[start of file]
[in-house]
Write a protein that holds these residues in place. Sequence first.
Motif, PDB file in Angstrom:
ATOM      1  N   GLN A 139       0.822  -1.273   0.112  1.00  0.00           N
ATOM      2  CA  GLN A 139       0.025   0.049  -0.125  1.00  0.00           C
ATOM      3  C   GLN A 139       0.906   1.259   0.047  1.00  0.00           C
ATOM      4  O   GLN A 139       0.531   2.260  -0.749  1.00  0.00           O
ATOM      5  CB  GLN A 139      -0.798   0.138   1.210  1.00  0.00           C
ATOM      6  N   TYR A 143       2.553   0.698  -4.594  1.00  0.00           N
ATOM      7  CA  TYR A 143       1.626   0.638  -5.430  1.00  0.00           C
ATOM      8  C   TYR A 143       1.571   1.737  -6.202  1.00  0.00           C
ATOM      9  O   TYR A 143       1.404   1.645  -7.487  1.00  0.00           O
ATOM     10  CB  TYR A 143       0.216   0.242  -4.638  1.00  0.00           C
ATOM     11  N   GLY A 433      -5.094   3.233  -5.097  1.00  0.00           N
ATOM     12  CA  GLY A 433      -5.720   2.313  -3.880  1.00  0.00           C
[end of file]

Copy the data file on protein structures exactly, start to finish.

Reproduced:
[in-house]
Write a protein that holds these residues in place. Sequence first.
Motif, PDB file in Angstrom:
ATOM      1  N   GLN A 139       0.822  -1.273   0.112  1.00  0.00           N
ATOM      2  CA  GLN A 139       0.025   0.049  -0.125  1.00  0.00           C
ATOM      3  C   GLN A 139       0.906   1.259   0.047  1.00  0.00           C
ATOM      4  O   GLN A 139       0.531   2.260  -0.749  1.00  0.00           O
ATOM      5  CB  GLN A 139      -0.798   0.138   1.210  1.00  0.00           C
ATOM      6  N   TYR A 143       2.553   0.698  -4.594  1.00  0.00           N
ATOM      7  CA  TYR A 143       1.626   0.638  -5.430  1.00  0.00           C
ATOM      8  C   TYR A 143       1.571   1.737  -6.202  1.00  0.00           C
ATOM      9  O   TYR A 143       1.404   1.645  -7.487  1.00  0.00           O
ATOM     10  CB  TYR A 143       0.216   0.242  -4.638  1.00  0.00           C
ATOM     11  N   GLY A 433      -5.094   3.233  -5.097  1.00  0.00           N
ATOM     12  CA  GLY A 433      -5.720   2.313  -3.880  1.00  0.00           C